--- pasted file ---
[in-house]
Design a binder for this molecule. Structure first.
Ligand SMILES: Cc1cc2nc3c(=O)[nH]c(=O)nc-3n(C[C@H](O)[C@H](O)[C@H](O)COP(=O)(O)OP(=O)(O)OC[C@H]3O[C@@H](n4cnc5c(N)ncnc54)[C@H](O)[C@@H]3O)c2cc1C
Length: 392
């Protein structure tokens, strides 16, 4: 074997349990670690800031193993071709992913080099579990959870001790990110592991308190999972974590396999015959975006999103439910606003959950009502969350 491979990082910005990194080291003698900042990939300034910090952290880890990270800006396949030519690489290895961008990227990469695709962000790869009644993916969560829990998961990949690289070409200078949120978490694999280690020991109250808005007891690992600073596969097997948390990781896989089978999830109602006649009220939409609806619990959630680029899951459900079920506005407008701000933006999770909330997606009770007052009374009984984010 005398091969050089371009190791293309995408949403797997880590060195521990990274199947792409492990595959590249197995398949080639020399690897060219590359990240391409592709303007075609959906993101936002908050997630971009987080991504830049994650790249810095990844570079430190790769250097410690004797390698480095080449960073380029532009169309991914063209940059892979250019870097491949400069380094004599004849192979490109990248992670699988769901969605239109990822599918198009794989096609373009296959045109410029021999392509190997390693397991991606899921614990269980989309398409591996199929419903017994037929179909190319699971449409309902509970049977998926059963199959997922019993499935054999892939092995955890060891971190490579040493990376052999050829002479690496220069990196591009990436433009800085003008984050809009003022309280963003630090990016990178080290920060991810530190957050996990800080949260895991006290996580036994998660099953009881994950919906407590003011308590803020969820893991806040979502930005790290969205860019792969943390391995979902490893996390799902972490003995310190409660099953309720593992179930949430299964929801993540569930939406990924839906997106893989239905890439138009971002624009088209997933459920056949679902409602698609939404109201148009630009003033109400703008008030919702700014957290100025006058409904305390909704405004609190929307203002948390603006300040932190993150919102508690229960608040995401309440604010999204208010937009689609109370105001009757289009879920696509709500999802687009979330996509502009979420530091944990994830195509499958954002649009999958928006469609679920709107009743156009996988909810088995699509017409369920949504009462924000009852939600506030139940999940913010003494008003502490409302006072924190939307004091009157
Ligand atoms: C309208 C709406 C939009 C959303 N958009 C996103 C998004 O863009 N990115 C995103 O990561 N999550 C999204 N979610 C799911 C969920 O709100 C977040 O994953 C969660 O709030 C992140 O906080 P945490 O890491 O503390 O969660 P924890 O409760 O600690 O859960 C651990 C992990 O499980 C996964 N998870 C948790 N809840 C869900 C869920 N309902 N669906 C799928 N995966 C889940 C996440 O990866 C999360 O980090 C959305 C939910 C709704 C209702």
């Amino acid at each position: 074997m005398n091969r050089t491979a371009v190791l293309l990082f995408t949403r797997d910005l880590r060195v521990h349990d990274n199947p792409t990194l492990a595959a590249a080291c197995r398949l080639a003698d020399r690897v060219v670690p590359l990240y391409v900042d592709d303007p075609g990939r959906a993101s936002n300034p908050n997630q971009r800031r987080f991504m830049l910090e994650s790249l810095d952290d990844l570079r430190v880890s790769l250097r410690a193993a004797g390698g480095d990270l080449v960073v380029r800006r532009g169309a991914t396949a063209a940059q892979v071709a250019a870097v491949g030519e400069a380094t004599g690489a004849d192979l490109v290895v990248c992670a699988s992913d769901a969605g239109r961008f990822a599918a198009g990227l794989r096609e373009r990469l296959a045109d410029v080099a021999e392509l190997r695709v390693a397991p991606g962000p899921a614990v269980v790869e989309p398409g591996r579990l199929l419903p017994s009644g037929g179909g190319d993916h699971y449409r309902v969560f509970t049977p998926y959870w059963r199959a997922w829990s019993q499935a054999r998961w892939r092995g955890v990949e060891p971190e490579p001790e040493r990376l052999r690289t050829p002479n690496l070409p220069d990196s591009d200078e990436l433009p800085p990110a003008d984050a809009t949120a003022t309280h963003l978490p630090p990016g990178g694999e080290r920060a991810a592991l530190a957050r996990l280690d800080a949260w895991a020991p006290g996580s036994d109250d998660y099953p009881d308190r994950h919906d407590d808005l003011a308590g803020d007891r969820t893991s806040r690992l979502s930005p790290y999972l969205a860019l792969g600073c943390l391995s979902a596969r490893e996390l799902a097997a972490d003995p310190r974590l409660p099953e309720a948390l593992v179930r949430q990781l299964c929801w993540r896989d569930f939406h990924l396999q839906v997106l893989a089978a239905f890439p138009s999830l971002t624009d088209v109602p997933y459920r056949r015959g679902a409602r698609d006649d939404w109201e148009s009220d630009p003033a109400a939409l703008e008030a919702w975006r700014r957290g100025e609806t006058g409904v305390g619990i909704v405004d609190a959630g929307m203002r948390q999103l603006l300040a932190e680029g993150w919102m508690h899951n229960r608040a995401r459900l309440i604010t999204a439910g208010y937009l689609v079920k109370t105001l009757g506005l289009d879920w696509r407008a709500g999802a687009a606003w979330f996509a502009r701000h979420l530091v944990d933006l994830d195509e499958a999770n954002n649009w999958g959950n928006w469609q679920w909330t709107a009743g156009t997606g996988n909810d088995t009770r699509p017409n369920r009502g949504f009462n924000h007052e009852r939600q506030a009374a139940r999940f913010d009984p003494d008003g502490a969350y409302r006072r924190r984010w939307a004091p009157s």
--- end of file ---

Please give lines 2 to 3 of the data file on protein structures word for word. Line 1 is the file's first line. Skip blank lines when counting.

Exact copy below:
Design a binder for this molecule. Structure first.
Ligand SMILES: Cc1cc2nc3c(=O)[nH]c(=O)nc-3n(C[C@H](O)[C@H](O)[C@H](O)COP(=O)(O)OP(=O)(O)OC[C@H]3O[C@@H](n4cnc5c(N)ncnc54)[C@H](O)[C@@H]3O)c2cc1C